> Tag, you’re it!

Tag, you’re it!

Posted on Sunday, June 28, 2015 | No Comments

Last time out I wrote about how my team shirt, adorned with sponsors really made me think for possibly the first time ever, about those brands that I freely advertise about my person whilst at the same time I pay top prices for the privilege.  This time around I want to write about a similar theme and the way that it makes me feel.

As we established the last time out, I’m a bit of an F1 fanatic, I’ve followed the sport from around 1996 and whilst I’ve always enjoyed the “sport” and the skill of a F1 pilot, driving with impressive accuracy lap after lap, there is another side of the sport that is probably more in your face than anything else; advertising and big business.  Sponsors pay millions for the opportunity to have their name plastered either on the cars, on the clothing and even around the track itself – and I can see why they do it, the worldwide TV coverage is unquestionably high and the perception around F1 is always about the “best of the best”, whether that be the latest in luxury yachts, exotic and powerful cars and even watches.

The prominent watch manufacturer throughout my time watching F1 has been Tag Heuer, they were the official sponsors for all of the F1 timing right up until only very recently, when they were replaced by Rolex, another name that conjures up accuracy to the second – but I’m starting to get off topic.  My want for a Tag watch has been deeply entered into my psyche – to join the elite of the world and wear the same, perfectly crafted, 10th of a second accuracy and eye-catching wrist accessory.

After 18 years and two times where I came extremely close, last year, shortly after I got married, as a gift to myself I got to finally join the perceived elite and buy my first Tag Heuer watch, a “Formula One” no less, with all of the beautifully made expertise you would expect from such a luxury item.  Before I proceed, I should point out that the watch I chose to buy was from their relatively cheaper offerings and also came with a rather attractive discounted price – but none the less, a magical timepiece that I cherish and often gaze at knowing that it is mine, paid by my honest and hard work

Throughout this last 9 months of owning this watch though, it hasn’t been quite as I thought it would be.  The watch brand that I coveted for so long has been worn maybe half a dozen times and for the rest of the time it lives inside of its box away from the eyes of the world; and the reason is because, like most people, I go to work Monday to Friday and at the weekends, spend my time in cinemas, at home or on the move in places where a Tag watch is not the kind of jewellery is called for.  Instead, I wear a Microsoft Band seven days a week, a device that cost a fraction of the price of the Tag and tells me, marginally a lot more about myself (ok, a lot more on physical level, but less so spiritually).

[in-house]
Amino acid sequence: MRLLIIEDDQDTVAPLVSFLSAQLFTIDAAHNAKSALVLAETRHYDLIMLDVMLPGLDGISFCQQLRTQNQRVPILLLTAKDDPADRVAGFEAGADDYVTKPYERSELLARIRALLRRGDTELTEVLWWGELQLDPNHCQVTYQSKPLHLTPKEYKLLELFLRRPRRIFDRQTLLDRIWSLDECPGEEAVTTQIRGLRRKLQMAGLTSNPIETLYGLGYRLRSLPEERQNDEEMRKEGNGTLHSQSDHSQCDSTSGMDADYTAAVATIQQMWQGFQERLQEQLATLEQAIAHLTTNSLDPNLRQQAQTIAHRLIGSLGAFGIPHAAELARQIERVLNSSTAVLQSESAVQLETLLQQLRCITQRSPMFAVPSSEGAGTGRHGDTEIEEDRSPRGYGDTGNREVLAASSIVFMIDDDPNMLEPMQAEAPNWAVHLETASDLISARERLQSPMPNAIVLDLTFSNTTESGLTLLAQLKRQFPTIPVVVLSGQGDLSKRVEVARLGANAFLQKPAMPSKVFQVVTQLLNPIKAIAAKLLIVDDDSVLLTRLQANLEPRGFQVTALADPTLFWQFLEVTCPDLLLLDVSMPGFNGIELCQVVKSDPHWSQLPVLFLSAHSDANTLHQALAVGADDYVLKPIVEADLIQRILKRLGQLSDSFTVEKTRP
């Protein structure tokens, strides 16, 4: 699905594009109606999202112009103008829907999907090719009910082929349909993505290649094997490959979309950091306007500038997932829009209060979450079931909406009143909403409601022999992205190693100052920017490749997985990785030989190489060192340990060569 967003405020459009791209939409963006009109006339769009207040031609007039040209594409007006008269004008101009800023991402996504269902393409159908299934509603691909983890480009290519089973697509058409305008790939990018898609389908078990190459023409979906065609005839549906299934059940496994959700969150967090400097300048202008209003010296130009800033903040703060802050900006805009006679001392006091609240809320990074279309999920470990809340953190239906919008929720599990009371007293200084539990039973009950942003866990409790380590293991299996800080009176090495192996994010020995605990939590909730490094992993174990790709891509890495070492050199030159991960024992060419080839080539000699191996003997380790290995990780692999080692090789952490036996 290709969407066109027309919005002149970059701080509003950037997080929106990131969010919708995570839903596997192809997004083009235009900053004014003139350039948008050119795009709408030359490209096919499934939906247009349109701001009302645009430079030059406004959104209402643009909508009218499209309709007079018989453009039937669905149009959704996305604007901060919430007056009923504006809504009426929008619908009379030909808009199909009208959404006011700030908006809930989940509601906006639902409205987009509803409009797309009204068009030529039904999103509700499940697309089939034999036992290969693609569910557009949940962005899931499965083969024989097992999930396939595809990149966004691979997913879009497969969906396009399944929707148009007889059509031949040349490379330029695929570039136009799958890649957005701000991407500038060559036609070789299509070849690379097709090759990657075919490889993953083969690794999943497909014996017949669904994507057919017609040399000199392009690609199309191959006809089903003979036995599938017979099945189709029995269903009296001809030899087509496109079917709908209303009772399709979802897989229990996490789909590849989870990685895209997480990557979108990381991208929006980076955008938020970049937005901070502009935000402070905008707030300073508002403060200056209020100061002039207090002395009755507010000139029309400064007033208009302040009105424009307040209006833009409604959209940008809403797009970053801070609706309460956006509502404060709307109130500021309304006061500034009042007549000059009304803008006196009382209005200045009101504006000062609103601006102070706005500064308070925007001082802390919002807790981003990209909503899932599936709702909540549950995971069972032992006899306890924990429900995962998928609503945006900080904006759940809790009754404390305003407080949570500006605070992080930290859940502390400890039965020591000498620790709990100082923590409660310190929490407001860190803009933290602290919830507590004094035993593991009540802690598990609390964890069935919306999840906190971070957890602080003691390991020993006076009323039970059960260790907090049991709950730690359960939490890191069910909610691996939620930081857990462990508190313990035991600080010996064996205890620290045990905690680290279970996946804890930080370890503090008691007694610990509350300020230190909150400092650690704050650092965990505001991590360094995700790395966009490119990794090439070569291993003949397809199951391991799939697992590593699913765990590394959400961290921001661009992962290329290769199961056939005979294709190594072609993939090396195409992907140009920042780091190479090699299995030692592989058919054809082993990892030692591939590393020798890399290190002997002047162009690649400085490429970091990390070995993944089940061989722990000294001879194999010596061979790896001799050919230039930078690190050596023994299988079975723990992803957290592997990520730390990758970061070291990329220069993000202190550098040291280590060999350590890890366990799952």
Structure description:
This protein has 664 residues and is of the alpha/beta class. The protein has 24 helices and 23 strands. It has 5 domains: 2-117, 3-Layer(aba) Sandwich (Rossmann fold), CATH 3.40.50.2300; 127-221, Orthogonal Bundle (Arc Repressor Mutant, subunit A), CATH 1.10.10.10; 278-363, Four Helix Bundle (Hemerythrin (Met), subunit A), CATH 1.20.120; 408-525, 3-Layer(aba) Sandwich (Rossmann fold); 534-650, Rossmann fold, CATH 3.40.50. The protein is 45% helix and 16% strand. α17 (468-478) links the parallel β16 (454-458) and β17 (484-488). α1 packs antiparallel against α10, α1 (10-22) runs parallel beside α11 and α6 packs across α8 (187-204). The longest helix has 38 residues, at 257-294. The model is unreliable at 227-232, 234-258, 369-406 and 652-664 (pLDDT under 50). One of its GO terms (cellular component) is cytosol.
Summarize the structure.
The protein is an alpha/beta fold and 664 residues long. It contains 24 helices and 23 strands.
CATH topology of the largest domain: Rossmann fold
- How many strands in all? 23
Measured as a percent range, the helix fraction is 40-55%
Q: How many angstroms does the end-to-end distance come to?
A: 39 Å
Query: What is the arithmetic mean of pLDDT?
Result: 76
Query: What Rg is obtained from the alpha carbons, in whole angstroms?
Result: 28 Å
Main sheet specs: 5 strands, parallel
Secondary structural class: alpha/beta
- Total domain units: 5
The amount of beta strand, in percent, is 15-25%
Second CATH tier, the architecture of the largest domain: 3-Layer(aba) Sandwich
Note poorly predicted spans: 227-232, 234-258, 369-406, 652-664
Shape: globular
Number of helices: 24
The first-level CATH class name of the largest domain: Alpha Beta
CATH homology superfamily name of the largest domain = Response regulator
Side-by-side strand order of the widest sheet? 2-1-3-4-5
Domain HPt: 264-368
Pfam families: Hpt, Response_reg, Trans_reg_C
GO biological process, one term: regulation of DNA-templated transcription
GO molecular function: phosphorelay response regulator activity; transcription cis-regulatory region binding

The Tag has not made me happy; it has fulfilled my dream of ownership, but the experience has left me a long way short.  In some respects I would have been better off giving the money way to charity and knowing that it had all gone to a good cause, rather into the hands of a luxury watch manufacturer, who had too much money to start with given their longstanding involvement in a sport as rich as F1.  Would I get rid of my Tag now?  No.  Do I regret buying it?  No, I do not, only earlier today did I walk past a Tag retailer with a large photo of Ayrton Senna on display to demonstrate the long history and associated passions their brand has with the F1 elite – and if spiritual Aryton, from the slums - of Brazil had no issue wearing such extravagant watches, then neither do I.  But would I buy another luxury watch – Tag or perhaps another brand?  Definitely not, these luxury watches are for looking at online and admiring from a manufacturing point of view, but they are not for purchase – by anyone, regardless of how much money they have, they ultimately do not provide any fulfilment or deep spiritual enjoyment.

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